One roundabout way of explaining why Labor lost, by Andrew Clennell.
Labor’s vote decreased in 72 outer metropolitan, provincial and rural seats and increased in only 35.
Conversely, Bill Shorten’s slew of high-taxing policies and populist pitches found support in inner-metropolitan seats where Labor’s vote increased in 26, including Liberal-held seats, and decreased in just 18.
A geographical and philosophical divide lies at the heart of Labor’s electoral woes, a theme picked up in [former NSW premier Morris Iemma’s] comments. Mr Iemma directed his social media tirade at the supporters of Labor candidate for Banks, Chris Gambian, who dubbed sitting Liberal MP David Coleman the “Minister for Roundabouts”.
Mr Iemma accused them of being inner-city elites who did not understand the concerns of the outer suburbs. “So while the Gambian Army of keyboard warriors from (inner-city) Newtown and Marrickville sat around quaffing their Columbian (sic) bean piccolos, Coleman was out building from the grassroots,” Mr Iemma said.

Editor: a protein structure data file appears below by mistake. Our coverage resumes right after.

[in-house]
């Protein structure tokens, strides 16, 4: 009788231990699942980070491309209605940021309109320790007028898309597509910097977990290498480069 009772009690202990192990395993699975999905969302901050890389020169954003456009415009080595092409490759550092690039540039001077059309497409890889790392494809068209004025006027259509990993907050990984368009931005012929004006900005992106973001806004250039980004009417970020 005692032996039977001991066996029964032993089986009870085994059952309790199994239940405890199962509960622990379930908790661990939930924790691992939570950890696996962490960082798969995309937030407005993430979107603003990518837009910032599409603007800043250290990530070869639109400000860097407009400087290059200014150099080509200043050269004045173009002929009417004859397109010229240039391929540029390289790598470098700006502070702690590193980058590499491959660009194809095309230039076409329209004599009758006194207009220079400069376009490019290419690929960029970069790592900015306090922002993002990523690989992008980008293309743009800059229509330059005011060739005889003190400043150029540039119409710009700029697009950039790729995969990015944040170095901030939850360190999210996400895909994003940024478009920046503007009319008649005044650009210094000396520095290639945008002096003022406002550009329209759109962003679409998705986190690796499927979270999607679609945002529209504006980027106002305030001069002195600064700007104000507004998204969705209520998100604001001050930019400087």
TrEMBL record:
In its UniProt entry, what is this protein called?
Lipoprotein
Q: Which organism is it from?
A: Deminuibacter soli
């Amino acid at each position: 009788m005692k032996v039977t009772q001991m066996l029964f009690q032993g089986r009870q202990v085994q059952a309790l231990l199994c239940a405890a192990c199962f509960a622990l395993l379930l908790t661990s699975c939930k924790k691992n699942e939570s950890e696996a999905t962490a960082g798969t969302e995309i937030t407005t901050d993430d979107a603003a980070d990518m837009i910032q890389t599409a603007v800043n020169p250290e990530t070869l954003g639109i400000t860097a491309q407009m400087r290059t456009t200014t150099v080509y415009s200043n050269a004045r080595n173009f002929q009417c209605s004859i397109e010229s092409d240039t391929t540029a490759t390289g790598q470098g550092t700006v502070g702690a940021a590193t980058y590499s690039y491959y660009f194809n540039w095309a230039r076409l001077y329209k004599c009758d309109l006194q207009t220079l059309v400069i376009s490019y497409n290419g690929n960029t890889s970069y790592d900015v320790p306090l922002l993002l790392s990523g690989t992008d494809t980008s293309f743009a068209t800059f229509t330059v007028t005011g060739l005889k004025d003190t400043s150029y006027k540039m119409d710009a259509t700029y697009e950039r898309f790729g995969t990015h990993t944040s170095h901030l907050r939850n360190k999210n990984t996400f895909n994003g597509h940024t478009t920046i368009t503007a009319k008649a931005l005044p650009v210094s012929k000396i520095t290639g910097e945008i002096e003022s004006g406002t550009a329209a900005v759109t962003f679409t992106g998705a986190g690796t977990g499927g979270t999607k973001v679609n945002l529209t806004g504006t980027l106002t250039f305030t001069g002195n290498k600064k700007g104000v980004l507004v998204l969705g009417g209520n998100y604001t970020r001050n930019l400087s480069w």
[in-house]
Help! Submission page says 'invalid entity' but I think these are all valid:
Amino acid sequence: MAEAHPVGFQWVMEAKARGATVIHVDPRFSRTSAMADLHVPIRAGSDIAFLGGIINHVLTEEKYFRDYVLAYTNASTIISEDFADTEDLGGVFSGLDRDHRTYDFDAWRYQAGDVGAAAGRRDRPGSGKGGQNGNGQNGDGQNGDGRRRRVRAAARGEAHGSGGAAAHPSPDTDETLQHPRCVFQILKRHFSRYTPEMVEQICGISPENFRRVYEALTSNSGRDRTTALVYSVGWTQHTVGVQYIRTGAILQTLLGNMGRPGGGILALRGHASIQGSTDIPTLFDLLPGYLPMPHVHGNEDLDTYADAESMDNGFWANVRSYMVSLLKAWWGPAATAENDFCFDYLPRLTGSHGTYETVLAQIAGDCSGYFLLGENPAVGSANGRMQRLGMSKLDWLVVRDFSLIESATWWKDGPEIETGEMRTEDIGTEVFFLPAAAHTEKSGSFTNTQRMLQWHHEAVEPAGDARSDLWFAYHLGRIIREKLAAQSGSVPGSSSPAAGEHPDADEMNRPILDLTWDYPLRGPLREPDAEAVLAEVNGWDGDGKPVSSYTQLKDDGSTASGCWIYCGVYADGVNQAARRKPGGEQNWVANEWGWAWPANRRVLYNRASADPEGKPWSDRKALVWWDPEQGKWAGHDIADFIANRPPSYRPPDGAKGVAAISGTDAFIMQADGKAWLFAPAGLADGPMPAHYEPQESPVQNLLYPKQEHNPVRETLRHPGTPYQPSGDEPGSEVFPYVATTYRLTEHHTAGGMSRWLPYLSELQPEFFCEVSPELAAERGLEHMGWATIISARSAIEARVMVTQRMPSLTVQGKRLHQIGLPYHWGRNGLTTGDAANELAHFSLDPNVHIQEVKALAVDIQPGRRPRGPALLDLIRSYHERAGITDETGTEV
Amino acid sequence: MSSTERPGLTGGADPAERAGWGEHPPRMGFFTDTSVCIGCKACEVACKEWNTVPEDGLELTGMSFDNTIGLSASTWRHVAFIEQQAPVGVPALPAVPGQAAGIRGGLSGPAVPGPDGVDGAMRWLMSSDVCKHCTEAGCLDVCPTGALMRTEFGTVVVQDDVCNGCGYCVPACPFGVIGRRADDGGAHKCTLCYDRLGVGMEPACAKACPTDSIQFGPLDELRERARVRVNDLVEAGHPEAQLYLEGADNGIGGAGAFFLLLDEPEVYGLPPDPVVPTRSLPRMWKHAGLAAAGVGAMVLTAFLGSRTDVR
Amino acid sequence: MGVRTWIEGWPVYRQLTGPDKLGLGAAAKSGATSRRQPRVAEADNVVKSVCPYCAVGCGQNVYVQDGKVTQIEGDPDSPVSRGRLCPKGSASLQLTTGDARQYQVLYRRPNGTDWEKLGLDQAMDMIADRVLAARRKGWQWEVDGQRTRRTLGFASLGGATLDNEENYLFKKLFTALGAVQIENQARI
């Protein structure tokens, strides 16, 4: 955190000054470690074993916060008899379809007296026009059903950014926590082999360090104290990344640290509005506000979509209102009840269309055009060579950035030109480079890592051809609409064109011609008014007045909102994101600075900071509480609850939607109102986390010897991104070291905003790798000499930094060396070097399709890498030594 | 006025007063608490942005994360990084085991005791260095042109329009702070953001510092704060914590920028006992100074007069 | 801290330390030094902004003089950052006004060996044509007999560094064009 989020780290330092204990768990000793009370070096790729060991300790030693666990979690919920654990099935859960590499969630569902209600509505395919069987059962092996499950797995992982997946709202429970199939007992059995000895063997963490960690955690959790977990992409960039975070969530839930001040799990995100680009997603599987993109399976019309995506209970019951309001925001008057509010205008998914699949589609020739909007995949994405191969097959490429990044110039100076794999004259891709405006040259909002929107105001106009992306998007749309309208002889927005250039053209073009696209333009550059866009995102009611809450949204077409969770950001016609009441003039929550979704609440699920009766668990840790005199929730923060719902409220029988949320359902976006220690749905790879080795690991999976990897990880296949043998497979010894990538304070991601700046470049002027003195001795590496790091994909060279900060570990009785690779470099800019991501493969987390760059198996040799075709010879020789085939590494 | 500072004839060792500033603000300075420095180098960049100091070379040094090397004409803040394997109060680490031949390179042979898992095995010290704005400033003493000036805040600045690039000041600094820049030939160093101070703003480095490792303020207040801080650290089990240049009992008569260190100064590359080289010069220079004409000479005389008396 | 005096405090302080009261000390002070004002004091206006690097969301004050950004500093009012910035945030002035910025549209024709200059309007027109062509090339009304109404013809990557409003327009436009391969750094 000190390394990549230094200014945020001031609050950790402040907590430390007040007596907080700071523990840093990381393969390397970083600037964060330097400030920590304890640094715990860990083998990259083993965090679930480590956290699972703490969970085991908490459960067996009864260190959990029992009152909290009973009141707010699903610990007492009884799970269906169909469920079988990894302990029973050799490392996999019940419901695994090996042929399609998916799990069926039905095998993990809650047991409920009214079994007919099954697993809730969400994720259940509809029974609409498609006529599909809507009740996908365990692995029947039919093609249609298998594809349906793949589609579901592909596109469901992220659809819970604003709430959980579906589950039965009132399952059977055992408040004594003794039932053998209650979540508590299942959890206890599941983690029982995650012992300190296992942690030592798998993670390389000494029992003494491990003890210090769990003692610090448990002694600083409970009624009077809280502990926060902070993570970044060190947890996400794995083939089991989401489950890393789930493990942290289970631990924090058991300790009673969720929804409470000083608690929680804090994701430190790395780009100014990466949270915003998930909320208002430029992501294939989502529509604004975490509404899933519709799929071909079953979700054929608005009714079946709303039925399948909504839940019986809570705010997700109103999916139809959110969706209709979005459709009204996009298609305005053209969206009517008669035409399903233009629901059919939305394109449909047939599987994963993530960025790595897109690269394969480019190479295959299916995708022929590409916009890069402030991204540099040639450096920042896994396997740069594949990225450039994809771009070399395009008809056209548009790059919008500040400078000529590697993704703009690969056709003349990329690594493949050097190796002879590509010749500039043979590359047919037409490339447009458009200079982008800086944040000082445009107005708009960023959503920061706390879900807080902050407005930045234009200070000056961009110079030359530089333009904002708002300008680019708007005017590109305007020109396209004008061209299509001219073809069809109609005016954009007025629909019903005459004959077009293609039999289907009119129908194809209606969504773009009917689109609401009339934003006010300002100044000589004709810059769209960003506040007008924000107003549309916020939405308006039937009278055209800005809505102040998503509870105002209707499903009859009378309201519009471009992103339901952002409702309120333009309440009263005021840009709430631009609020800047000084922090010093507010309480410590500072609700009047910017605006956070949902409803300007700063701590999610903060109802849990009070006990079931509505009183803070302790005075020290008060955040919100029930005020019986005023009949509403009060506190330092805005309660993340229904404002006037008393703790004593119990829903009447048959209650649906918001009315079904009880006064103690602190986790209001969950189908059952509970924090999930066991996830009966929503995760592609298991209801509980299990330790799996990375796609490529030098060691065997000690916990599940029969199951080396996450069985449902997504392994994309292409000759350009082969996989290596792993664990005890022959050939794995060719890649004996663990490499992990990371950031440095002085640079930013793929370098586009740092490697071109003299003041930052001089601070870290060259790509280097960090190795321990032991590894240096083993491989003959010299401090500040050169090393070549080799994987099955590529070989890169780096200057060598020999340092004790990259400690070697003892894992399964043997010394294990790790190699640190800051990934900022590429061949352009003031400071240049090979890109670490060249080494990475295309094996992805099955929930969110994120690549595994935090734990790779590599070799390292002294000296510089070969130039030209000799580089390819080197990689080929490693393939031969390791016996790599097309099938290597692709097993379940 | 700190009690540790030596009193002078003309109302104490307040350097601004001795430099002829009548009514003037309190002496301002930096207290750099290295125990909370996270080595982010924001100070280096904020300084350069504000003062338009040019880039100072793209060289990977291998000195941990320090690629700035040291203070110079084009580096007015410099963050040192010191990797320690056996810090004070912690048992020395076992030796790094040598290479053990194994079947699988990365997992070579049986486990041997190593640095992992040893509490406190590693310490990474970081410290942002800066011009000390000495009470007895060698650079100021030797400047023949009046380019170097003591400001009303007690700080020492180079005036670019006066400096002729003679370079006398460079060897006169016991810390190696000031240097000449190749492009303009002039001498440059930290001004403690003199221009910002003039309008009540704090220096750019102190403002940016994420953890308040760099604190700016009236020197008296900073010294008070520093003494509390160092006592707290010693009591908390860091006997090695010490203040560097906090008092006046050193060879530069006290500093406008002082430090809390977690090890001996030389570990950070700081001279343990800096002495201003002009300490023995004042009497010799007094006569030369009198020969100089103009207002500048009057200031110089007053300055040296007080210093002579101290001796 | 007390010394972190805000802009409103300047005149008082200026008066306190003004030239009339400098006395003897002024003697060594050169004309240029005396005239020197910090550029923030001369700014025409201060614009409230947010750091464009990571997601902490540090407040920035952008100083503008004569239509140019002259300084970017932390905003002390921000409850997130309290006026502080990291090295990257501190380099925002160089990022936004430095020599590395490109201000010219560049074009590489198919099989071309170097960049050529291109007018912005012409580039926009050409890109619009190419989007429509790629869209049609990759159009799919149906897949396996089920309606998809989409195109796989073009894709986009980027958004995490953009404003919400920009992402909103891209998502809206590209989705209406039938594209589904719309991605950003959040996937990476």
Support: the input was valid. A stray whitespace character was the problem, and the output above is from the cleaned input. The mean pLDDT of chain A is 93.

“While our transients guffawed at Coleman for attending to local traffic problems and getting them fixed with roundabouts, the locals were expressing their appreciation with a massive increase in vote.” Mr Coleman secured a 5.3 per cent swing in Banks.
In Labor’s heartland of western Sydney — where days earlier former Labor leader Mr Shorten gave his last public speech in Blacktown, inviting a comparison with Gough Whitlam — one senior Labor campaigner admitted the party had “forgotten the worker”.
The Australian political class is working it out. Good. Labor will probably improve for next election.